Google’s keyword tool has been the foundation of SEO campaigns for years. Because it was free and provided all the information necessary to conduct keyword research, it was the first place most SEO professionals visited when planning a new SEO campaign.
However, as of August 28th, 2013, Google’s keyword tool has been replaced with a new tool. Taking its place is the Keyword Planner, a tool that “combines the functionality of Keyword Tool and Traffic Estimator to make it easier to plan search campaigns” according to Google’s official page.
Using the Keyword Planner
Before we get into detail about the new features of the Keyword Planner and how to use it, let’s look at one important change to the user interface.
When you enter your research keywords into the Keyword Planner, you’ll be presented with two tabs. The first one is called Ad group ideas, and is selected by default. This tab shows keywords grouped by categories, or Ad groups. This information is geared toward people who are using the tool for AdWords campaigns.
If you’re conducting keyword research for an SEO campaign, then you’ll want to use the other tab, called Keyword ideas.
The Keyword Planner requires you to log in before using it. Once you log in with your Google account, first ensure that you’re in the Keyword Planner section. If not, click on Tools and Analysis –> Keyword Planner from the top menu. Next, click on Search for keyword and ad group ideas. From here, you can research keyword ideas based on:
- A product or service
- Your landing page
- Your product category
Once you enter in your data to research, click the Get ideas button. The results will be divided into the two tabs mentioned earlier. For keyword research purposes, click on the Keyword ideas tab to get started.
At this point, you’ll notice that the Global and Local monthly searches which used to be displayed in the old Keyword Tool are no longer available because they have been combined into the Avg. monthly searches column. Look over to the top left part of the screen and you’ll see the Targeting section. Here, you can make changes to:
- The geographic location for your research
- The language
- The basis for your research (Google or Google and search partners)
- Negative keywords
Moving down the left side of your screen, you’ll see the Customize your search section, which will help further target your research. Use Keyword filters to set a minimum for the Avg. monthly searches, and Keyword options to allow you to include adult themed keywords and/or filter out keywords you have already found. You’ll also have the option to set parameters for keywords that should be excluded or included.
Keyword Match Types
The ability to set keyword match types to broad, exact, and phrase matches is still available, but it has moved to the other side of the page.
Look at the far right side of the column headers and you’ll see a pencil icon with a drop-down arrow. Clicking on this icon will display your match options for your keywords. For SEO keyword research purposes, I recommend setting your preference to “Exact” match.
If you change it while you have results displayed, you’ll see a message that reads, “Great, next time you save a keyword it will be added as exact (or whatever you chose) match. Should we make that the match type for the rest of the keywords in your plan, too?” Click Yes or No based on your preference.
In addition to the average monthly searches for a specific keyword, you can also view a twelve-month history of the keyword’s popularity in Google search.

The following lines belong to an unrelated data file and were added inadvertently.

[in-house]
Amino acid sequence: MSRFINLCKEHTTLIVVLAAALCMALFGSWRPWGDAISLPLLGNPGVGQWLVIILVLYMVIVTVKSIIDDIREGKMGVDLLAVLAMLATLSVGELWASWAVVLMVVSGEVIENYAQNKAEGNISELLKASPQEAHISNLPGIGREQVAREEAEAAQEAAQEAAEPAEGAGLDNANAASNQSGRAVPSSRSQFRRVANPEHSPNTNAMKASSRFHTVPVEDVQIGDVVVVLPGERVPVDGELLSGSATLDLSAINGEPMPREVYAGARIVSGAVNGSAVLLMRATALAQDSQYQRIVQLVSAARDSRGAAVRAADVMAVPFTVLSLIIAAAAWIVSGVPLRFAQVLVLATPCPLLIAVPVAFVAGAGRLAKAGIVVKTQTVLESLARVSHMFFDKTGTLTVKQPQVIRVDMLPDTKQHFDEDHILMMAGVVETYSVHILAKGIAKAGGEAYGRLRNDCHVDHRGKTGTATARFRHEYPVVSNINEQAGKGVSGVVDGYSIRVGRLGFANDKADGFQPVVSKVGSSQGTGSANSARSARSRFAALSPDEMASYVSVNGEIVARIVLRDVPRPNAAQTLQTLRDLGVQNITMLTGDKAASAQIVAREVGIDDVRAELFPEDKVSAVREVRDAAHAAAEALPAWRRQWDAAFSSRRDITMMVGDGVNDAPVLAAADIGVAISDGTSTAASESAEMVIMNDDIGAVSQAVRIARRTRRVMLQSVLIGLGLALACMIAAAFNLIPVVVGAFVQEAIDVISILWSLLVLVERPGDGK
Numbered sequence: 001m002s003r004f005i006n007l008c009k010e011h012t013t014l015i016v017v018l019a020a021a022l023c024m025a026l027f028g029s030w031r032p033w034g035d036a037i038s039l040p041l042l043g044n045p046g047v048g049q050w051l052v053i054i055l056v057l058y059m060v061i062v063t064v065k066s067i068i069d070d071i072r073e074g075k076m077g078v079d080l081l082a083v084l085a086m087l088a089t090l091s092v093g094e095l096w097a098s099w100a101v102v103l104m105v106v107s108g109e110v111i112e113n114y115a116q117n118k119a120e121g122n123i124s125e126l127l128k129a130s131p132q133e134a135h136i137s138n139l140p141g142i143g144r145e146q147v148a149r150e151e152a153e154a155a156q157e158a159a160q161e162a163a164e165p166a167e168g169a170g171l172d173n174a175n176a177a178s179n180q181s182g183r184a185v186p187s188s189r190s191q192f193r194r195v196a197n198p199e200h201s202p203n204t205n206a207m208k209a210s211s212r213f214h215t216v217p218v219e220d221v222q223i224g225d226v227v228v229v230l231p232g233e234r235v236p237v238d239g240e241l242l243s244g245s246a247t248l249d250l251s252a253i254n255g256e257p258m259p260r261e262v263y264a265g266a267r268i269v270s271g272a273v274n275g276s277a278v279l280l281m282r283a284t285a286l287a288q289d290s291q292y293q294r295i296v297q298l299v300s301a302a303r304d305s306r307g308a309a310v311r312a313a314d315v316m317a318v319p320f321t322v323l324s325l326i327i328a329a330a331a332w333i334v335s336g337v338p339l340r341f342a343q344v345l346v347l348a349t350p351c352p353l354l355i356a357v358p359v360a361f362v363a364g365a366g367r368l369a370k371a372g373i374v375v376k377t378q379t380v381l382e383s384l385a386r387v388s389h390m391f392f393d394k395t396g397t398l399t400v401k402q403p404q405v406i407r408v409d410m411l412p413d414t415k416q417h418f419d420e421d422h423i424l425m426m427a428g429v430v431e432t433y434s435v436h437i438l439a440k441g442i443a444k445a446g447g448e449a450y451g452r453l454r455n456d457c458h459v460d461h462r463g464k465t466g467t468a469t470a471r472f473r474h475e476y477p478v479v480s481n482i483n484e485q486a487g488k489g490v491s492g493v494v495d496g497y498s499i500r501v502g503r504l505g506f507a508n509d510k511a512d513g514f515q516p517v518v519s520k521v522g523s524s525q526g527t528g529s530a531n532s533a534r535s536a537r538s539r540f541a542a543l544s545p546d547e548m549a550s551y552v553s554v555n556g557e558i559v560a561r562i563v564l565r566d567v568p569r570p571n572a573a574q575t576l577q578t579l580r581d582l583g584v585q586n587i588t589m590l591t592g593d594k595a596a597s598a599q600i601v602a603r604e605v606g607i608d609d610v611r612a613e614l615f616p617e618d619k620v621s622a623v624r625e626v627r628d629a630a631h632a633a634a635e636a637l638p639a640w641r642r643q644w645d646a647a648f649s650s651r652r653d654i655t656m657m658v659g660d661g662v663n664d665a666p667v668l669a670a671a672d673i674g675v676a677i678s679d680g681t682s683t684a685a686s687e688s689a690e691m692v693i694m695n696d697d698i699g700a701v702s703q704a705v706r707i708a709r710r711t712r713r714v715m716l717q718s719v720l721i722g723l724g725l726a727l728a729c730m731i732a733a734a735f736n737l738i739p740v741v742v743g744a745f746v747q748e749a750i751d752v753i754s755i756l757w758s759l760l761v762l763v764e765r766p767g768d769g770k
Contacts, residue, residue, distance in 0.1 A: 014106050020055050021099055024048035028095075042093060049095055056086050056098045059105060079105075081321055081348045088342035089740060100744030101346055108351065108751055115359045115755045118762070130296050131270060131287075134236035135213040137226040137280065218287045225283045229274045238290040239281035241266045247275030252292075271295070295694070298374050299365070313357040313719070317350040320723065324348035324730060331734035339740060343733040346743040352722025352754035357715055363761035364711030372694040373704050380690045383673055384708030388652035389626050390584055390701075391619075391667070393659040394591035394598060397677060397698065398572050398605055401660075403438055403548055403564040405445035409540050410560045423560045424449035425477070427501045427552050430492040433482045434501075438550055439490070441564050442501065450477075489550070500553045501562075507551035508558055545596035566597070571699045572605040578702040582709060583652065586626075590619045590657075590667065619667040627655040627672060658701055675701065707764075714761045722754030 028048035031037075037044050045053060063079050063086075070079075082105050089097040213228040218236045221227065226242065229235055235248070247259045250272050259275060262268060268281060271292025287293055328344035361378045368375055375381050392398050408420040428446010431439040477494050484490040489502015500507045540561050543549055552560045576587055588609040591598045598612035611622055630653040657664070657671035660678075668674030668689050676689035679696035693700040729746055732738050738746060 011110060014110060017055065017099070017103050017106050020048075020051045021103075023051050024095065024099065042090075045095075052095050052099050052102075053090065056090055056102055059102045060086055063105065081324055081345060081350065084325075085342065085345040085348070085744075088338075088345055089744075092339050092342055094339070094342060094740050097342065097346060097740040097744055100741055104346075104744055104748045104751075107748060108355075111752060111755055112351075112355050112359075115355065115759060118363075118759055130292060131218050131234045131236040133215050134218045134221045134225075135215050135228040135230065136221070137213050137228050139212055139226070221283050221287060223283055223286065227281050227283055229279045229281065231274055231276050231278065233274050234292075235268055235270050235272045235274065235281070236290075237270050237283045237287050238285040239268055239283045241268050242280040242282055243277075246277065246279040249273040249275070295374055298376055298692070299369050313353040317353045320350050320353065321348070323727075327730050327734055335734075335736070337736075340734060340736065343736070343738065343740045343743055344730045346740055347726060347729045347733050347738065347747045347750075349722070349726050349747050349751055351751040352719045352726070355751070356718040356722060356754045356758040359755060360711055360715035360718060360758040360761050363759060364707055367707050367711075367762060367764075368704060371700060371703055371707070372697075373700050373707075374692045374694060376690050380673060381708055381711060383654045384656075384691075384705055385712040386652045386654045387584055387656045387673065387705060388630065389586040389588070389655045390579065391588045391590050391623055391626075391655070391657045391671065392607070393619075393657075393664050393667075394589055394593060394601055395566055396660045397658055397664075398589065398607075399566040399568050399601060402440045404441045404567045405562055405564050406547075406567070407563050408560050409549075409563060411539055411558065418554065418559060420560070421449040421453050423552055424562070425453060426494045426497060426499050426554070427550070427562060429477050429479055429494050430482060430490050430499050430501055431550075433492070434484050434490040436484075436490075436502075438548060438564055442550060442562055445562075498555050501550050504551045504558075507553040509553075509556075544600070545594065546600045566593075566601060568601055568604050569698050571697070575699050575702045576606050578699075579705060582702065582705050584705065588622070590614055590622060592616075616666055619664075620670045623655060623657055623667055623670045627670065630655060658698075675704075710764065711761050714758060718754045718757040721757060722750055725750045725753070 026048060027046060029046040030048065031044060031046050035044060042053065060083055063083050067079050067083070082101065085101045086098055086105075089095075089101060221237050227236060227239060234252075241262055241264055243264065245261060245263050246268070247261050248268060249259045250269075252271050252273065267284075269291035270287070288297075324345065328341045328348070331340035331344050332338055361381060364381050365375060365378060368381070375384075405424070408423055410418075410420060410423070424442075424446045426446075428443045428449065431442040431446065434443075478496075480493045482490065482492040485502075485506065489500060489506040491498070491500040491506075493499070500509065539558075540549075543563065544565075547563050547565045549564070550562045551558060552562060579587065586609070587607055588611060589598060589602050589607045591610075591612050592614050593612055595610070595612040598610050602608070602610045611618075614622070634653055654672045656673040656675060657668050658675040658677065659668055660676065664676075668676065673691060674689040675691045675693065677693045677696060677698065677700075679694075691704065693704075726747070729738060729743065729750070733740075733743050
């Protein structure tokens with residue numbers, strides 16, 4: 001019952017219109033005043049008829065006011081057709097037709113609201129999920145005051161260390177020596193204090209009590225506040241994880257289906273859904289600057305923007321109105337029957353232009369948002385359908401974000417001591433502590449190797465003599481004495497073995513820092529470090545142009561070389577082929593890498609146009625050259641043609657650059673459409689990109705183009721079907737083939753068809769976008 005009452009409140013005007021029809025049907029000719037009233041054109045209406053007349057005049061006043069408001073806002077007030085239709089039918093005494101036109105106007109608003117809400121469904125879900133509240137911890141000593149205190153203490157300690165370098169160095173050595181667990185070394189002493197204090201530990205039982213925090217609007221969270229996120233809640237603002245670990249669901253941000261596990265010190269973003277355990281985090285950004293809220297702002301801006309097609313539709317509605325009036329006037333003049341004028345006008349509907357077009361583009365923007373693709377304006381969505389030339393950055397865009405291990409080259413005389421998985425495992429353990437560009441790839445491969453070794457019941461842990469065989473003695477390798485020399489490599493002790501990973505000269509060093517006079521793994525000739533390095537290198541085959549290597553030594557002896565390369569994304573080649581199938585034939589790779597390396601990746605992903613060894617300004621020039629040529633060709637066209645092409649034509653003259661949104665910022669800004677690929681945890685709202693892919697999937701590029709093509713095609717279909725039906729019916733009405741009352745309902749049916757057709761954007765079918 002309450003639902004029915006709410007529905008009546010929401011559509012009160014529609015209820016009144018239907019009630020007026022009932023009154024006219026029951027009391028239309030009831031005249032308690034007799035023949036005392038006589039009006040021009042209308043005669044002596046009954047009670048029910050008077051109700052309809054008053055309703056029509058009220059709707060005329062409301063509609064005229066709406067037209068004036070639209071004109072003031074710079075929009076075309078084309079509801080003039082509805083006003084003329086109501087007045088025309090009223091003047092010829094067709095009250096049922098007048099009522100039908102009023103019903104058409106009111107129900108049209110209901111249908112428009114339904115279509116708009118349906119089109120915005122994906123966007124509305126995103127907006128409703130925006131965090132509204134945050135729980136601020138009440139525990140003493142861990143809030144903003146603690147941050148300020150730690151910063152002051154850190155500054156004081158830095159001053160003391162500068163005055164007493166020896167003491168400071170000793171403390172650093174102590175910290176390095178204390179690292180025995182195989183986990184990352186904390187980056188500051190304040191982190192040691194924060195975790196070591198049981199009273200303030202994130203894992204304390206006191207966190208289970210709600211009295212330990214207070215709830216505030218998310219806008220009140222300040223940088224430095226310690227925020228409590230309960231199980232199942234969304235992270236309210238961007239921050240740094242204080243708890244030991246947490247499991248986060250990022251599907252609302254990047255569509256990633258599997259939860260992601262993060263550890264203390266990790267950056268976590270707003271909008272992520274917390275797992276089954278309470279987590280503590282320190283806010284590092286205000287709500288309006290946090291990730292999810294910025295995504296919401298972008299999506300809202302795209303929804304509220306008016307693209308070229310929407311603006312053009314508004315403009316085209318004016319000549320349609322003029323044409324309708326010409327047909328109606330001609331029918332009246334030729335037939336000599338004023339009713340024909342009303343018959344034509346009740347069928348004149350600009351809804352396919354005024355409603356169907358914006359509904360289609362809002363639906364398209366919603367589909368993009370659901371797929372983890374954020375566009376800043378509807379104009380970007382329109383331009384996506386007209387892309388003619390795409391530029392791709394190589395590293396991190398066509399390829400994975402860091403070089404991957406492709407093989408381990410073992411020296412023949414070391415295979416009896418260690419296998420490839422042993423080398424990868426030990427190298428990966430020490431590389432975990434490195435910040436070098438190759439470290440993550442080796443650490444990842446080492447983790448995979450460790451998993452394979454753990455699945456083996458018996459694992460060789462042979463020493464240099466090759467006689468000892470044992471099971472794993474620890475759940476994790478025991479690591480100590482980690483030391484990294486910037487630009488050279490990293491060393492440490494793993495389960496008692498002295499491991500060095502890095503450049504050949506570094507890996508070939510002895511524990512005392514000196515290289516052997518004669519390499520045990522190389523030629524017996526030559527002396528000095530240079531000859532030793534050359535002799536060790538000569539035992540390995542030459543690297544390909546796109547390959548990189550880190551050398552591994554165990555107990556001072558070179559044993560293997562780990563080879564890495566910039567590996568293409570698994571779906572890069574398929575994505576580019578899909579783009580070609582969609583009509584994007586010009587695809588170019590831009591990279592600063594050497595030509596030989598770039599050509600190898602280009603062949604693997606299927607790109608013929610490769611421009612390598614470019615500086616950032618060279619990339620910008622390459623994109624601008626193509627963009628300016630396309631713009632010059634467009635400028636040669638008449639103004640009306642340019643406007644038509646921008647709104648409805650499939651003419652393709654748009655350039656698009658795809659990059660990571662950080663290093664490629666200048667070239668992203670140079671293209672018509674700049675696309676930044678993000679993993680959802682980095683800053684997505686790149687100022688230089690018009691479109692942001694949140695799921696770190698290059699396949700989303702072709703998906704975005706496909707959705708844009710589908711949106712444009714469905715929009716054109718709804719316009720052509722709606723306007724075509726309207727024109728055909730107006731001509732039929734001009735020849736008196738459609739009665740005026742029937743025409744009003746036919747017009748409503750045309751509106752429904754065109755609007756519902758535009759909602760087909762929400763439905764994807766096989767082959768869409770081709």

In the “Avg. monthly searches” column, you’ll see the average monthly search volume for that keyword. You’ll also see an icon that looks like a graph. Hovering your mouse over this icon will expand a graph that outlines the average search volume for the past year, organized by month. This makes it possible to see if certain keywords are more popular during specific seasons or if they are on an upward or downward trend.
While you can still download the entire list of keyword ideas that Google gives you, I recommend adding individual keywords to your plan as you find good ones. This way, you can combine multiple search terms into one plan and download those results into one file rather than downloading different .csv files for each search.
When you find a keyword you want to add to your plan, click on the double arrows to the right of the keyword. This will add it to your Ad group on the far right side of the page.
Clicking on the name of the Ad group will open up a pane that will show you all the keywords you have added. If you want to download those keywords into a spreadsheet, click on the download icon. Deleting or adding Ad groups can be accomplished here as well.
It’s the middle icon, the down-pointing arrow. When you download your plan, you’ll be given several options for data output. The most important for keyword research would be the historical statistics, with the Segment by month option checked. This will include columns for each of the prior 12 months of search volume history for each keyword, allowing you to spot trends in popularity of each keyword.
The Final Verdict
The new Keyword Planner is a new experience from the familiar Adwords Keyword Tool, but it’s also a step forward for SEO professionals who use Google’s tools for keyword research. Not only does this tool allow for more fine-tuned research, it also organizes keywords more efficiently and provides more useful information about each keyword.
For more helpful articles about performing keyword research, I recommend:
- The Rise of the Longtail Keyword for SEO
- How to Identify Longtail Keywords for Your SEO Campaign
- Why Your Keyword Strategy is Incomplete Without User Intent
Have you used the new Keyword Planner tool? What do you think of it? Let us know in the comments below.